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The *Actual* Narrator
Something that occurred to me while writing forums this week is about how we interpret Marlow as a character versus how many of his flaws might actually be attributed to the actual narrator who is telling us this story - that is, the person sitting on the dock and documenting this story as Marlow tells it to the small group of people who had gathered before him. This is something that makes the novel's commentary on race and whether Marlow is a trustworthy character even more blurred. Perhaps Marlow is giving more information surrounding the Africans who are being colonized, or around events such as the presence of Kurtz's mistress in more detail, but this information is being left out by the person who is transcribing the narrative on the dock. With that said, the object of our examination of racism in this novel should not be Marlow in the end, but the greater social/political climate in which this book takes place where it could be very likely that those who Marlow is telling the story to are only retaining the information about people who, at least at one point, were just like them. We have talked a bit about how much we should be able to trust Marlow's recollections of the events in the Congo, but discerning the true nature of Kurtz and the relationships both he and Marlow have with anyone in this novel is made even more hazy by the unnamed sailor's narration.
I agree that the narrator's perspective might be different than Marlow's, and he could be hiding or censoring certain information. Something I've noticed in all of the books we've read so far is that the narrators aren't necessarily reliable, or like in Turn of the Screw, there's a chain of different narrators. Square was incredibly closed-minded, IM was highly opinionated, the governess was potentially delusional, and now Marlow is presenting his experience from a point of view very disconnected from the reality of how life really was in the Congo. He obviously has little to no sympathy for the natives being exploited by the people he works for. Furthermore, he started his journey with a romanticization of the Congo. He was searching for adventure, similar to how Americans romanticized cowboys and the "wild west" in the late 1800s. If the story had been told from an unbiased perspective, we would most likely have more information or information that wasn't skewed by personal bias. Is it possible that Marlow was trying to get the people listening to his story to believe something specific? Did he succeed in this? If he did or didn't, how would the story change based on what the actual narrator believed?
It's frustrating to be presented again with a book with an unreliable narrator. We could go in so many different directions about what the narrator means, what is true, what is biased, etc. We did that for all the other books, especially Invisible Man and Turn of the Screw, where the narrators were arguably both losing their senses in more ways than one. This makes me think again about our discussion with Winter's Tale and the reliability of words and oaths and vows. We will never know the actual truth with what happens in Heart of Darkness. Same goes for Turn of the Screw and Invisible Man. Words aren't reliable because there is no word uttered without bias, just like how Derrida shows us in deconstruction.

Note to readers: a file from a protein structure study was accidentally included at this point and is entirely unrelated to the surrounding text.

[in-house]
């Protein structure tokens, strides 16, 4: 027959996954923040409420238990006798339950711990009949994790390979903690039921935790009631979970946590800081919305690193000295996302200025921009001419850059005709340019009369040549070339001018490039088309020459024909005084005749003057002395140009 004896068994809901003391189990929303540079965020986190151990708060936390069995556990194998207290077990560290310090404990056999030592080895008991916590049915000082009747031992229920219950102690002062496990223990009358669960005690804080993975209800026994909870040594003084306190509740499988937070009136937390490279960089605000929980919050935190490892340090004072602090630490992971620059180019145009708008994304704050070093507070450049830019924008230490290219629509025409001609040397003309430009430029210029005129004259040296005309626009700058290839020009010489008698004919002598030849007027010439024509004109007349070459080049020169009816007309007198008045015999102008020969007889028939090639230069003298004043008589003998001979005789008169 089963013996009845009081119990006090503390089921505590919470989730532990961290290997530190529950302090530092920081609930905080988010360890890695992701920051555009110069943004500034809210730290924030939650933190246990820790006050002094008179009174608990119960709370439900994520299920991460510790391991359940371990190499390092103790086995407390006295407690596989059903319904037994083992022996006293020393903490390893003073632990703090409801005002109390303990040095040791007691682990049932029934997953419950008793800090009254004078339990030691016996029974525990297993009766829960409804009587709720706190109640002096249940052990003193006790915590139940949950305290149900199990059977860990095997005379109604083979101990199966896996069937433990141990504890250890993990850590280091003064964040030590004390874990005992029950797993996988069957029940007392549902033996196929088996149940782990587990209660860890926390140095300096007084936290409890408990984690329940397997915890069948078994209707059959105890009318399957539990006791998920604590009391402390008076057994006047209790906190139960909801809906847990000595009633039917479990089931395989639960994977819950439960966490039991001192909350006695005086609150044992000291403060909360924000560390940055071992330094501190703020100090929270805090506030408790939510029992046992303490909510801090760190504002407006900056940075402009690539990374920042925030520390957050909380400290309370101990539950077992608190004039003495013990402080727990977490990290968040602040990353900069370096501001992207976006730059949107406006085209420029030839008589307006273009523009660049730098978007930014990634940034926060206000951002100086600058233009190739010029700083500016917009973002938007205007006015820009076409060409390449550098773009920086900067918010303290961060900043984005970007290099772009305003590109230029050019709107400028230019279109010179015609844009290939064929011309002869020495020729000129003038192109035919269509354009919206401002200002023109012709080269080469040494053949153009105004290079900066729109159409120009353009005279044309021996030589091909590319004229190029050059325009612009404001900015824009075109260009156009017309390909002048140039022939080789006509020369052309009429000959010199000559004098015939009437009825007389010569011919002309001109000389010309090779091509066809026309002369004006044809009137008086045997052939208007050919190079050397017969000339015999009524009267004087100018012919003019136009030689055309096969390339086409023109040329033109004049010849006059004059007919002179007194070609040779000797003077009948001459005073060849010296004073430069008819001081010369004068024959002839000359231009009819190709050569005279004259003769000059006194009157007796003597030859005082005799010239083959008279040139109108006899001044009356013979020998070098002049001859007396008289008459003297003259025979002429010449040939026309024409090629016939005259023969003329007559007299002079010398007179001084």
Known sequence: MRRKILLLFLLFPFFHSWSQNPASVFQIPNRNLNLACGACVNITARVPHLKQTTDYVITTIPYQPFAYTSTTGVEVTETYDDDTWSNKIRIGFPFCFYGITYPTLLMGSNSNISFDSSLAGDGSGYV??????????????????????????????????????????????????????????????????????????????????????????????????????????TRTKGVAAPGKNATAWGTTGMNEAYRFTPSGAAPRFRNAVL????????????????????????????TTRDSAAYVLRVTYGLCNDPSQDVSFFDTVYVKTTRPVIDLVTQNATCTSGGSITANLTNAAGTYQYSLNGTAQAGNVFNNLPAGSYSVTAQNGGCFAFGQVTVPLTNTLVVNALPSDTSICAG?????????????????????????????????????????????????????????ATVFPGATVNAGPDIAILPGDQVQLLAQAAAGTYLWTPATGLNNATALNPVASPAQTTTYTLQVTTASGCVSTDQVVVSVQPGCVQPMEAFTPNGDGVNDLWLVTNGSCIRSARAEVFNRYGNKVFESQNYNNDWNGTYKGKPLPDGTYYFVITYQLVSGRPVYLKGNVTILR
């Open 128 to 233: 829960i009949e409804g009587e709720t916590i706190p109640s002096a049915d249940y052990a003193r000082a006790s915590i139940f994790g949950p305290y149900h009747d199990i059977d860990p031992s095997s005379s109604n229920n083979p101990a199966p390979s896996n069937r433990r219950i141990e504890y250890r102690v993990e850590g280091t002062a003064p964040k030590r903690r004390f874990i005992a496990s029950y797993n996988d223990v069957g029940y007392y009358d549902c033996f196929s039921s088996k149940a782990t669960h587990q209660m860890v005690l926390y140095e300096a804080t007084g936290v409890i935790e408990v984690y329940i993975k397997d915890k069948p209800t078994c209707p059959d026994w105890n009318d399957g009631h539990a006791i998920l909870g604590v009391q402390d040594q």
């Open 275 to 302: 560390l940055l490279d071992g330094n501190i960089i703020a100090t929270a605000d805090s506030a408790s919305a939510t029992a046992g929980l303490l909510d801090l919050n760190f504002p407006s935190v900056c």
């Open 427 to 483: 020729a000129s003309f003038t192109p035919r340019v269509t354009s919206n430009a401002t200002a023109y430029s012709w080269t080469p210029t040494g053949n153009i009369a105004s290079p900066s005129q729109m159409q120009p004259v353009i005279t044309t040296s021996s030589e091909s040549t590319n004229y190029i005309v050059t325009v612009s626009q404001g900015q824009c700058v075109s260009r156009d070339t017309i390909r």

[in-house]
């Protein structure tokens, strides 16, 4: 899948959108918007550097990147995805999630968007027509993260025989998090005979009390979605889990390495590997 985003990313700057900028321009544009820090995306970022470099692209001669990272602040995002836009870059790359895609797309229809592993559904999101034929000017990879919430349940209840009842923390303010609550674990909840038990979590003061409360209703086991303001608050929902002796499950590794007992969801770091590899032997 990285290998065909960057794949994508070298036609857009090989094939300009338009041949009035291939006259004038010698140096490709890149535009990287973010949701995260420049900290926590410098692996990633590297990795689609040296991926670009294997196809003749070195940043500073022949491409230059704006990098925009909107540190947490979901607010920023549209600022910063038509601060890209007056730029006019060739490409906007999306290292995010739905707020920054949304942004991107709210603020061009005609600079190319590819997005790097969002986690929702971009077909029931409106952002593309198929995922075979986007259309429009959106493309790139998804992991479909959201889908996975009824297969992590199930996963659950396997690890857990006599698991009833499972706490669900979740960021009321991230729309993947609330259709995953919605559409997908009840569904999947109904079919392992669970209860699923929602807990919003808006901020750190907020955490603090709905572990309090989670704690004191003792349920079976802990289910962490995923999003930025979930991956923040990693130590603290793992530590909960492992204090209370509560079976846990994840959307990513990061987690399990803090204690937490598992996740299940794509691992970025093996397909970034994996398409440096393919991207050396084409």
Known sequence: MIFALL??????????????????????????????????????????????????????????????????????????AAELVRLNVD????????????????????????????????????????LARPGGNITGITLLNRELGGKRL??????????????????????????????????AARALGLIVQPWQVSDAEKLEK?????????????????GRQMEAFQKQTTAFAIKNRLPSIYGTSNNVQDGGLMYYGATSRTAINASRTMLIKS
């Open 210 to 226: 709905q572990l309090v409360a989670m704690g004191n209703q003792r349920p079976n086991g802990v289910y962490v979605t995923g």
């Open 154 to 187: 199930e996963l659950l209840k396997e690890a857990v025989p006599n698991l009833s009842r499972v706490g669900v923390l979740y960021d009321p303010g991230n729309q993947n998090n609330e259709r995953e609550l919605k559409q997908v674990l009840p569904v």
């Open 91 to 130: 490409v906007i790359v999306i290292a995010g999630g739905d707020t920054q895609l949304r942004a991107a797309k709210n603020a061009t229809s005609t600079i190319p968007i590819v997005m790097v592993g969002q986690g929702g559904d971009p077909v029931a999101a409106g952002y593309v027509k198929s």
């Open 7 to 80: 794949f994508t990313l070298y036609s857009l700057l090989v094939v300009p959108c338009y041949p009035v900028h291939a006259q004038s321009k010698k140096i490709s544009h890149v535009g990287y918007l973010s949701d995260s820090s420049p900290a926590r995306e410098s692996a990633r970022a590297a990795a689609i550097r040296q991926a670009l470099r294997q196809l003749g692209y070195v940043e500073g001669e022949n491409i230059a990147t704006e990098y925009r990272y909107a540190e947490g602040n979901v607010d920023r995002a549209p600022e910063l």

I got the impression that the narrator was rather impressed with Marlow's storytelling and the idea that the meaning of Marlow's stories was on the outside of what he was saying. Therefore, I believe that whoever this narrator is, he is presenting this story to us, the readers, as best he can to match what Marlow actually said so that we can hope to get the same effect from t as he did upon hearing it. Because of this, I believe that this narrator is probably rather reliable, as we don't know anything else about him.
I am curious, though, why Conrad chose to have a member of Marlow's audience narrate the story rather than just having Marlow as the narrator, since the people on the dock do not play any part in the story Marlow tells. This suggests to me that there is some additional meaning, or the meaning of the rest of the book is helped by, the scenes on the dock and how Marlow is being observed as he tells this story.
I have found a lot of my thinking about marlo coming back to this idea. Whatever we see about marlo as a character is given to us through the eyes of one of the men on the dock. This makes me wonder how arguments about marlo being racist would change based on this information. Couldn’t it be this man who is installing this part into the story? I think it will serve as something interesting to use in an argument during a writing essay in class or even on the ap test.
I like the idea that these characters must be there for a deeper meaning. Upon my reading of the story, I found it a lot easier to comprehend if I tried to put myself in the place of the narrator, but by doing that, you create an entire character out of an intentional blank slate. Maybe the point of creating these characters on the docks are to create a feeling as if the reader is in the story, as opposed to reading a story written by someone who is telling a story of an experience they had a while back.
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